You only have to watch one episode of "Shark Tank," "The Profit" or "Dirty Jobs" to know that there are limitless ways to make a living. The challenge is determining which of these roles, industries and career paths are best suited for you. For most people, they skip the research part and often take the most obvious path -- perhaps a role at a company where their family or friends work or they accept the first position they are actually offered. Long-term career satisfaction comes from proactively examining options, and then making a conscious choice to pursue those paths. As a student or new graduate, how do you actively investigate and identify ideal professions?
Get to know yourself. In the movie "Star Wars," Yoda was on to something as Luke Skywalker's mentor when he pushed Luke toward self-discovery. It was only with this self-knowledge that Luke could truly harness the power of "The Force." The same is true for entry-level job seekers. You should be an expert of who you are -- your strengths, your weaknesses, your interests, your likes and dislikes. When you have a realistic sense of your traits and talents, you can examine roles with a more realistic lens.
A simple way to accomplish this is to write down the things that come most easily to you or seem to be strengths. Some examples of natural characteristics that are also professionally relevant are having grit or tenacity, good work ethic, creative problem solving, resourcefulness, spontaneity, staying calm under pressure, research skills, organizational talents, detail orientation and getting along with most everyone. Also, think about those traits that you may not yet possess, but would like to develop. This might be public speaking, leadership skills or patience, for example. You can also ask adults in your life what strengths or weaknesses they recognize in you.
There are also in-person and online tests you can take to help delineate your skills. Your high school or college counselor should have recommendations if you cannot find one online that meets your needs. Once you have this list of your pros, cons and opportunities for development, you now are ready to examine the job market.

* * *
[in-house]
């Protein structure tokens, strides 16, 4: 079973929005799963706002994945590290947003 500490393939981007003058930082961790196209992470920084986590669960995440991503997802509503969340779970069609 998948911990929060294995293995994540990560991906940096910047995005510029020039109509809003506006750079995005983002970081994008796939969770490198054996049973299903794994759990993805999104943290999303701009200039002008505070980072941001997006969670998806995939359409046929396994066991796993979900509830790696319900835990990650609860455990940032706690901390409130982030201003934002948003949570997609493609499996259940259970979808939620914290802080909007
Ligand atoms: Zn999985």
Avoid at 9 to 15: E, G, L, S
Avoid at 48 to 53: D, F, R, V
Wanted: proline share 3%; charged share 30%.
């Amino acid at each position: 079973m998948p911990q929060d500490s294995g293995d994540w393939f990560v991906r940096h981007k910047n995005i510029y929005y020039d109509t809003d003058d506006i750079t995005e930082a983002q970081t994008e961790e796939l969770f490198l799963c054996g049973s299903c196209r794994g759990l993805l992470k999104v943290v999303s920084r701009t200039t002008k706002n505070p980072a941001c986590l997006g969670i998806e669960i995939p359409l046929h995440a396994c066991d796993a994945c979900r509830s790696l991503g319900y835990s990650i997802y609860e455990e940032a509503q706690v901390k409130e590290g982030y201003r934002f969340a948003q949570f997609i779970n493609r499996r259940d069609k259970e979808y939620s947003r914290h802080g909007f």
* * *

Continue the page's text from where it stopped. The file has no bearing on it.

Research career options. As expressed before, the options are vast and this wide range is what paralyzes many job seekers. An excellent way to get some guidance through career exploration is to try out an online career test. One of the innovators in this space is a site called Sokanu.com. Started by a student who was perplexed by how to examine career choices, the site has thousands of modern questions that help testers get a better sense of potential professional matches.
Additionally, Sokanu.com and other sites profile hundreds of careers so that you can educate yourself on professions that may sound intriguing or you heard are rapidly growing. Take the time to read about multiple options. Sometimes learning about things that don't appeal to you can be as valuable as determining the jobs that do appeal to you.
Go and talk to people in those jobs. No matter what you read about being a politician or a customer success manager, nothing can rival firsthand information from people who do those jobs. Plus, there are many nuances to a role that can change it dramatically. For example, being an accountant at a small 20-person company is dramatically different than being a certified public accountant for a "Big Four" accounting firm. Talking with experienced professionals gives you both a well-rounded education on the role and also helps you to learn about other aspects that may have significant impact on job satisfaction.
Thinking about a future profession can be daunting -- but it doesn't have to be. There are many resources available to help you understand your assets and interests and then to see which professions may be better matches than others. The great news is that there is never just one path to success. But don't let the variety intimidate you. Even a little introspection and investigation can greatly increase your options and long-term professional happiness.
Robin Reshwan is the founder of Collegial Services, a consulting/staffing firm that connects college students, recent graduates and the organizations that hire them and a certified Women's Business Enterprise (WBE). She has interviewed, placed and hired thousands of people across a broad spectrum of companies and industries. Her career tips and advice are used by universities, national clubs/associations and businesses. A Certified Professional Résumé Writer, Robin has been honored as a Professional Business Woman of the Year by the American Business Women's Association. She graduated Phi Beta Kappa and as a Regents Scholar from University of California, Davis.